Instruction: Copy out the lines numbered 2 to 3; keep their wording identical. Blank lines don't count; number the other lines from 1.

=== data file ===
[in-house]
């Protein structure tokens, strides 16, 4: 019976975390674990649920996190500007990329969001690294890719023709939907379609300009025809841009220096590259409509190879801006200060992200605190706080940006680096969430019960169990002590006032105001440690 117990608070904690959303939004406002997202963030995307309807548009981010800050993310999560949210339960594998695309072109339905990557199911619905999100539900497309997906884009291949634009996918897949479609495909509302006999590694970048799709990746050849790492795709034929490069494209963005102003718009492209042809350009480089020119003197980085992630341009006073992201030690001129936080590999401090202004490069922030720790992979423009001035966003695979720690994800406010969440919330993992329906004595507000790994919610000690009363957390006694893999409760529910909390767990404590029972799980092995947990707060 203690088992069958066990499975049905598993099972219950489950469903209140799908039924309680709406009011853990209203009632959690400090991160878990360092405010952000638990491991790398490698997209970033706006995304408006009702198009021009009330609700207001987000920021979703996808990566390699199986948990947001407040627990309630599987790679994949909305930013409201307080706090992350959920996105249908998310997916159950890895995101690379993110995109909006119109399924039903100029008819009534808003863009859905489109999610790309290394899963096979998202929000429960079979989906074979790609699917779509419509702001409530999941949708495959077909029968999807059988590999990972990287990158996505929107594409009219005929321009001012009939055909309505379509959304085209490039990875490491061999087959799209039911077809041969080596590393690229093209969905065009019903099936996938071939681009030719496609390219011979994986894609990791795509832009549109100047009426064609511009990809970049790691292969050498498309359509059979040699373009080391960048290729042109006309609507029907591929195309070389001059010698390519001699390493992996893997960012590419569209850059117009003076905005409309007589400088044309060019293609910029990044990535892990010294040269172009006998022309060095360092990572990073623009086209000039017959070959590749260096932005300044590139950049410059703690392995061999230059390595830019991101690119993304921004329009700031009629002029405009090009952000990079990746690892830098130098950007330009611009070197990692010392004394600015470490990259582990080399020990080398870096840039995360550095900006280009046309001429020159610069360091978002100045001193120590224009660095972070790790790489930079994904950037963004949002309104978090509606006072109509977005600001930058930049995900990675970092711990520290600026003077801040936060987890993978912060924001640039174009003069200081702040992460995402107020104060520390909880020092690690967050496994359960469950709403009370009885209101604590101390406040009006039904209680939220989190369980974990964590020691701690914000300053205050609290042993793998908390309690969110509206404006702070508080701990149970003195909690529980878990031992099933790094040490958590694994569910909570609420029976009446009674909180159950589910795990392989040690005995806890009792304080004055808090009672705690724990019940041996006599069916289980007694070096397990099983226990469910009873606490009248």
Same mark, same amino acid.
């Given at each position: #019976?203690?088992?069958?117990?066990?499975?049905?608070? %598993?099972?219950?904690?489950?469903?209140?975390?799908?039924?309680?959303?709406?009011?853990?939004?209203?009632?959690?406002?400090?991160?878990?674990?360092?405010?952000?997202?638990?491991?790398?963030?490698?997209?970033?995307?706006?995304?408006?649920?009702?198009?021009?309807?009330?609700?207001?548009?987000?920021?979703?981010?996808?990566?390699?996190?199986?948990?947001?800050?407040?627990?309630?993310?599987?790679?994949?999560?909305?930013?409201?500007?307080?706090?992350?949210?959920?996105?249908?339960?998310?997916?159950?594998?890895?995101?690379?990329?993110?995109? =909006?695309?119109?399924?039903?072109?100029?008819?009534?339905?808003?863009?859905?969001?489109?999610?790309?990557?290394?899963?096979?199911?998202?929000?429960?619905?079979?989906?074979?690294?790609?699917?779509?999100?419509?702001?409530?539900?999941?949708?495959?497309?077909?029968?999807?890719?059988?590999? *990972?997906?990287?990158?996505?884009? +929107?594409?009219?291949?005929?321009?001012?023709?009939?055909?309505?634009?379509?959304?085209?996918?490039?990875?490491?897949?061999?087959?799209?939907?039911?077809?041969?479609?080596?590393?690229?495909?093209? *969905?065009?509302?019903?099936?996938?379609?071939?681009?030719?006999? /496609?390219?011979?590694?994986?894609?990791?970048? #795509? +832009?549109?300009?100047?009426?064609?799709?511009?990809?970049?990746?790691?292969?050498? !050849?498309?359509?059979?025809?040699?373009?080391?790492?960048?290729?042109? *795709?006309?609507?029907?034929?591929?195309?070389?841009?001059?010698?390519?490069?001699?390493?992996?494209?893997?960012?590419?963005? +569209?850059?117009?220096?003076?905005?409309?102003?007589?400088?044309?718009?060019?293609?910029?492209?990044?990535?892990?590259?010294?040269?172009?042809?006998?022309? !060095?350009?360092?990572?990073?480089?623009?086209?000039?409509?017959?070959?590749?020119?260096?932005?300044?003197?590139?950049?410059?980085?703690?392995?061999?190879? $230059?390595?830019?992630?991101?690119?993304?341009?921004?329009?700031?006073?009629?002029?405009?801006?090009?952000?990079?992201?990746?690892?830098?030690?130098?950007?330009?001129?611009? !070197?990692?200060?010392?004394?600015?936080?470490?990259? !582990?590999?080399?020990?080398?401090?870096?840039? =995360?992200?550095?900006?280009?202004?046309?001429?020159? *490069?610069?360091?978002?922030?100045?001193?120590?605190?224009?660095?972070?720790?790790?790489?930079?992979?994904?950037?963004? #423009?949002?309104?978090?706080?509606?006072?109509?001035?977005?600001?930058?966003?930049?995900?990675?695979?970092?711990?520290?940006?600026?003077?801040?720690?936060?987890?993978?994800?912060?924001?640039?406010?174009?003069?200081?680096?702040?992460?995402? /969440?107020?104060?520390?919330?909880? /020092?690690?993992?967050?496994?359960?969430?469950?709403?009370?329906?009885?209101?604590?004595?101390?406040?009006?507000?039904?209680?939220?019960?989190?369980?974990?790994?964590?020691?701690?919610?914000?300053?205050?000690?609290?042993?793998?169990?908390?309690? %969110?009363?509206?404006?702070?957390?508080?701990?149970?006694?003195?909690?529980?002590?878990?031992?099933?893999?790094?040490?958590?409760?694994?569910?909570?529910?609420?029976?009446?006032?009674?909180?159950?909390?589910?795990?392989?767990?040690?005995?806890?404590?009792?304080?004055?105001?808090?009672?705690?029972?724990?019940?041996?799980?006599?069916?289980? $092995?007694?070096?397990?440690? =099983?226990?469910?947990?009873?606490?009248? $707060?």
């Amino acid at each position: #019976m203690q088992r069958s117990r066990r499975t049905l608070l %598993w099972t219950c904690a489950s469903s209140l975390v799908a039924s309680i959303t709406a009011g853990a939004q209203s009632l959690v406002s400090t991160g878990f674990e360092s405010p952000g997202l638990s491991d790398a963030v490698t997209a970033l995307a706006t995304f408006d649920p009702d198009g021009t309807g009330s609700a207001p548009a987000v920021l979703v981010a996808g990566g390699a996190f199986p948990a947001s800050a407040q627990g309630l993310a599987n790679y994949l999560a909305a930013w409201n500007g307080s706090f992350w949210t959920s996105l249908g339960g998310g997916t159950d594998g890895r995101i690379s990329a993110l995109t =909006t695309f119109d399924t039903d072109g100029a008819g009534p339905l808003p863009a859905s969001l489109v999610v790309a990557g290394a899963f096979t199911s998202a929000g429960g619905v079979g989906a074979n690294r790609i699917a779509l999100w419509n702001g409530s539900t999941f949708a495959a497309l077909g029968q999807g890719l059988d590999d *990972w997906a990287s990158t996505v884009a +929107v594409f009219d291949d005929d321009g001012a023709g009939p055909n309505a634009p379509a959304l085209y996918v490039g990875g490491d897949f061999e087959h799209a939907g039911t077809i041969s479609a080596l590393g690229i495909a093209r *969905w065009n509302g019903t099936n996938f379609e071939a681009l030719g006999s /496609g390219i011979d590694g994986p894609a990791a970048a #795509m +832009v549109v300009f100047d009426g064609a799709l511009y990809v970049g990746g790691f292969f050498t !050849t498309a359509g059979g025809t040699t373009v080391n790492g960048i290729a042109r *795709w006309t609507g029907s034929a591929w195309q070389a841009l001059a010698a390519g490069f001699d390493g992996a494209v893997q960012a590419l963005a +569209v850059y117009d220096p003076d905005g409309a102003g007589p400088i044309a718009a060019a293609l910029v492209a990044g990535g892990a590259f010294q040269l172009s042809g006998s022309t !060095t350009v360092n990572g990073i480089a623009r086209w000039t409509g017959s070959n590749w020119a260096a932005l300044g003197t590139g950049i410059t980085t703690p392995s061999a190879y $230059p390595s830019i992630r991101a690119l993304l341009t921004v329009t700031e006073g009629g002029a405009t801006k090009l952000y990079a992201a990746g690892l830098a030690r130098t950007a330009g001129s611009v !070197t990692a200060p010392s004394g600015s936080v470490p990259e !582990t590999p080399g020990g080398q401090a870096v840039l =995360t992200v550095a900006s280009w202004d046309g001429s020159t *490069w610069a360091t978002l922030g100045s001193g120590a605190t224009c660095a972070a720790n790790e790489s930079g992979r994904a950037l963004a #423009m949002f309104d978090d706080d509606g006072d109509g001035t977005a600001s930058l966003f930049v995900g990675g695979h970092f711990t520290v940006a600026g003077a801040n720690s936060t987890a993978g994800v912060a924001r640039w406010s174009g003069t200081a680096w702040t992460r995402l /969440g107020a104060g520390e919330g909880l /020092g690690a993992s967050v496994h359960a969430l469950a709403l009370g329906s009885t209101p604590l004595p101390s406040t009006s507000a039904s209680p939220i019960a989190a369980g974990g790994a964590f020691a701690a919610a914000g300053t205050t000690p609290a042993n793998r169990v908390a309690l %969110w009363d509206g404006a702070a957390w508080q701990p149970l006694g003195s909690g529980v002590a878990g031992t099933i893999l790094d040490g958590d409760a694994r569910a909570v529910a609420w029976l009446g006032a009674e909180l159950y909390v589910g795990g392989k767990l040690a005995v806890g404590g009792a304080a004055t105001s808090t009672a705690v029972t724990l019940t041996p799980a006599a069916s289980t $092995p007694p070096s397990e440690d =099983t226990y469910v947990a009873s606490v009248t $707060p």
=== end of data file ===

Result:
């Protein structure tokens, strides 16, 4: 019976975390674990649920996190500007990329969001690294890719023709939907379609300009025809841009220096590259409509190879801006200060992200605190706080940006680096969430019960169990002590006032105001440690 117990608070904690959303939004406002997202963030995307309807548009981010800050993310999560949210339960594998695309072109339905990557199911619905999100539900497309997906884009291949634009996918897949479609495909509302006999590694970048799709990746050849790492795709034929490069494209963005102003718009492209042809350009480089020119003197980085992630341009006073992201030690001129936080590999401090202004490069922030720790992979423009001035966003695979720690994800406010969440919330993992329906004595507000790994919610000690009363957390006694893999409760529910909390767990404590029972799980092995947990707060 203690088992069958066990499975049905598993099972219950489950469903209140799908039924309680709406009011853990209203009632959690400090991160878990360092405010952000638990491991790398490698997209970033706006995304408006009702198009021009009330609700207001987000920021979703996808990566390699199986948990947001407040627990309630599987790679994949909305930013409201307080706090992350959920996105249908998310997916159950890895995101690379993110995109909006119109399924039903100029008819009534808003863009859905489109999610790309290394899963096979998202929000429960079979989906074979790609699917779509419509702001409530999941949708495959077909029968999807059988590999990972990287990158996505929107594409009219005929321009001012009939055909309505379509959304085209490039990875490491061999087959799209039911077809041969080596590393690229093209969905065009019903099936996938071939681009030719496609390219011979994986894609990791795509832009549109100047009426064609511009990809970049790691292969050498498309359509059979040699373009080391960048290729042109006309609507029907591929195309070389001059010698390519001699390493992996893997960012590419569209850059117009003076905005409309007589400088044309060019293609910029990044990535892990010294040269172009006998022309060095360092990572990073623009086209000039017959070959590749260096932005300044590139950049410059703690392995061999230059390595830019991101690119993304921004329009700031009629002029405009090009952000990079990746690892830098130098950007330009611009070197990692010392004394600015470490990259582990080399020990080398870096840039995360550095900006280009046309001429020159610069360091978002100045001193120590224009660095972070790790790489930079994904950037963004949002309104978090509606006072109509977005600001930058930049995900990675970092711990520290600026003077801040936060987890993978912060924001640039174009003069200081702040992460995402107020104060520390909880020092690690967050496994359960469950709403009370009885209101604590101390406040009006039904209680939220989190369980974990964590020691701690914000300053205050609290042993793998908390309690969110509206404006702070508080701990149970003195909690529980878990031992099933790094040490958590694994569910909570609420029976009446009674909180159950589910795990392989040690005995806890009792304080004055808090009672705690724990019940041996006599069916289980007694070096397990099983226990469910009873606490009248």
Same mark, same amino acid.